Saturday 28 March 2020


MEDICAL personnel at the privately run Avenues Clinic in Harare downed tools yesterday in protest over lack of personal protective equipment in the wake of the deadly coronavirus.

There are suspicions, however, that more cases are going unreported and some of the suspected cases are finding their way to private hospitals, where they will be handled by unprotected medical staff, increasing the risk of the spread of the deadly virus, an allegation government denies.

When NewsDay Weekender visited the clinic yesterday, there was strict screening at the entrance while the nurses congregated near the management offices as negotiations with worker representatives went on.

Tecla Barangwe of the Medical Workers Union said there were suspicions that suspected COVID-19 patients were being taken in and some were exhibiting signs and symptoms of the deadly disease and without the necessary equipment, workers could not continue risking their lives.

“We have taken note that suspected coronavirus patients could have been taken in secretly, but management is failing to provide adequate equipment to the workers,” she said.

“They have decided to put tools down until such a time management provides adequate personal protective equipment.”

Senior doctors and nurses in public hospitals across the country on Wednesday downed tools demanding protective clothing.

Several doctors internationally have died after contracting the virus while attending to patients.

Italy alone, the epicentre of the virus in Europe, has lost 37 doctors since the outbreak of the virus, which is now claiming over 600 lives daily in the European country.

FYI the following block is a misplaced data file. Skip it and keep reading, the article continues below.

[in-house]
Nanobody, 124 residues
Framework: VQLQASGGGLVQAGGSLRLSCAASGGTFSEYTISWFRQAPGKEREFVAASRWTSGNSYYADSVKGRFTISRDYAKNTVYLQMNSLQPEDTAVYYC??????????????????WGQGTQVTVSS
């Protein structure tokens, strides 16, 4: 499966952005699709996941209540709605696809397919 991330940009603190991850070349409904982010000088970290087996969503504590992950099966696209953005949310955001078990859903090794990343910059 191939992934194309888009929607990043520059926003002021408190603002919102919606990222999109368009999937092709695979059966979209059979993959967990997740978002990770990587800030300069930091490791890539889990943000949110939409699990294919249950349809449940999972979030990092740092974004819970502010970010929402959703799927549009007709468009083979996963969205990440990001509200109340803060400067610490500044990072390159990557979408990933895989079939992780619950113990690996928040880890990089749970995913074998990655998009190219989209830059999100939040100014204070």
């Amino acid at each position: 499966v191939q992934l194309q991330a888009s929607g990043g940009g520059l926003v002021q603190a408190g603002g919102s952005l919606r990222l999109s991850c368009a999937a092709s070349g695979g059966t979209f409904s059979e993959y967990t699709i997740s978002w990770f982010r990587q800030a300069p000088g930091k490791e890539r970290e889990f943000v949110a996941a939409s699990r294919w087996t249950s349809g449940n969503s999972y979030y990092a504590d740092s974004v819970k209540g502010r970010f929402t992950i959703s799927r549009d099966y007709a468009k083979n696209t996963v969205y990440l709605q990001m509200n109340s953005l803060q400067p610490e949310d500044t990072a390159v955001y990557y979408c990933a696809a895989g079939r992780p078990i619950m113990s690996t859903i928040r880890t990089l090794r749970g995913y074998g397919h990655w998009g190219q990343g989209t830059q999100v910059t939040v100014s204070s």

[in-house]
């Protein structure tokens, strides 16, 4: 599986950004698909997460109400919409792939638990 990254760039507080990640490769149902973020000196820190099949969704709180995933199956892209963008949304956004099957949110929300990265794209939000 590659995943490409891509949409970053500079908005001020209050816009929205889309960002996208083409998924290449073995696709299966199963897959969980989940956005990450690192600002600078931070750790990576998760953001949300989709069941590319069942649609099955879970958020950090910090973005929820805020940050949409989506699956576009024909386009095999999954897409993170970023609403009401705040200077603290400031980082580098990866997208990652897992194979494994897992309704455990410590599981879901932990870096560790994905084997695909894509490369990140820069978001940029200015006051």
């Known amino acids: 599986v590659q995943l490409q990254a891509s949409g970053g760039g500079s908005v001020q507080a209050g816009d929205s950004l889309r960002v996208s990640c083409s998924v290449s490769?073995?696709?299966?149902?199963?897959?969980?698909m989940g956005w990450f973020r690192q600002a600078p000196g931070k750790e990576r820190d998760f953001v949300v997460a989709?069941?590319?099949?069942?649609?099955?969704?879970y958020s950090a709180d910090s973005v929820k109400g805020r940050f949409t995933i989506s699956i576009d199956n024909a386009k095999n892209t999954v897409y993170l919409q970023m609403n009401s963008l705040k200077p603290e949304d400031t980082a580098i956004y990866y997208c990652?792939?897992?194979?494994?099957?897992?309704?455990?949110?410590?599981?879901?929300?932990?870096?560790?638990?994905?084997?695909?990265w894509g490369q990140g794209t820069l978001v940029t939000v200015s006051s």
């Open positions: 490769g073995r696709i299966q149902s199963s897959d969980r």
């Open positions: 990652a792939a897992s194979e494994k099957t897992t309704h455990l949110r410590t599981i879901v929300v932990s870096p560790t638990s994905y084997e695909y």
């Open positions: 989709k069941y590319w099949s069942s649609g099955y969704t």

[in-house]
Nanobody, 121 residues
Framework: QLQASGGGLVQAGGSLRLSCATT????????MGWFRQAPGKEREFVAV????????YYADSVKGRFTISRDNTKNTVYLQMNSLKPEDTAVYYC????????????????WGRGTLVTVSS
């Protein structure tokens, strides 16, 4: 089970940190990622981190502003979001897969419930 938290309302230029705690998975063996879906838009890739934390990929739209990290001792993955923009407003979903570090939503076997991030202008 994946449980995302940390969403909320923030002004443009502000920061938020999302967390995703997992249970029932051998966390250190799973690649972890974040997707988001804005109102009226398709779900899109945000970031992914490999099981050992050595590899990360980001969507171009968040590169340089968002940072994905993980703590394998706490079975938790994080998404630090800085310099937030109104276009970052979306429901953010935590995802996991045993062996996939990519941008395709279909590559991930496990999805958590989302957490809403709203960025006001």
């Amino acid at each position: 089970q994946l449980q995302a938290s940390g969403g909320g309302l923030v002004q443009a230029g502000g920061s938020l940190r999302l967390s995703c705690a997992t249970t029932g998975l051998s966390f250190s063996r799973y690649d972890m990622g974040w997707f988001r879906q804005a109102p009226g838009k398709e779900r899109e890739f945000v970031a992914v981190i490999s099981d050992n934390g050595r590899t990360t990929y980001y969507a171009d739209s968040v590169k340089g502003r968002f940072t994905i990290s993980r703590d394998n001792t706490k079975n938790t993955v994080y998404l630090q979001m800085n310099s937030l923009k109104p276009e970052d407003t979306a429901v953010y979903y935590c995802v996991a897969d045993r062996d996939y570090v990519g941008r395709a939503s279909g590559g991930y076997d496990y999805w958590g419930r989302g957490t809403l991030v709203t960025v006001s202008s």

Added Barangwe: “They say the equipment is in short supply, but there are patients in the wards with symptoms of COVID-19 and we gather some of the patients had travelled out or had contact with an infected person, but our members say they have realised that some could have been infected, so we are saying no protective, clothing no work.” 

Interviewed workers said every case in these days of coronavirus was potentially dangerous and now difficult to handle without adequate protective clothing.

“Every case that we have these days is a potential case and it is difficult to attend to the cases without adequate protective clothing,” one of the striking workers said.

Asked whether they have had suspicious cases of late, another worker said: “We have had quite a number of cases that we suspected here and that is the reason why we have taken this step. It is dangerous for us to continue working like this.”

Meanwhile, Epworth Local Board chairman Batanai Masunda, who on Thursday reported a suspected case of coronavirus after a man with a history of travelling from Durban, South Africa, had exhibited flu-like symptoms, yesterday said the man had now been admitted at Beatrice Road Infectious Diseases Hospital in Harare and is awaiting results.

The said man had spent the whole day at a local clinic in Epworth, with medical personnel refusing to attend to him saying they did not have protective equipment. Newsday


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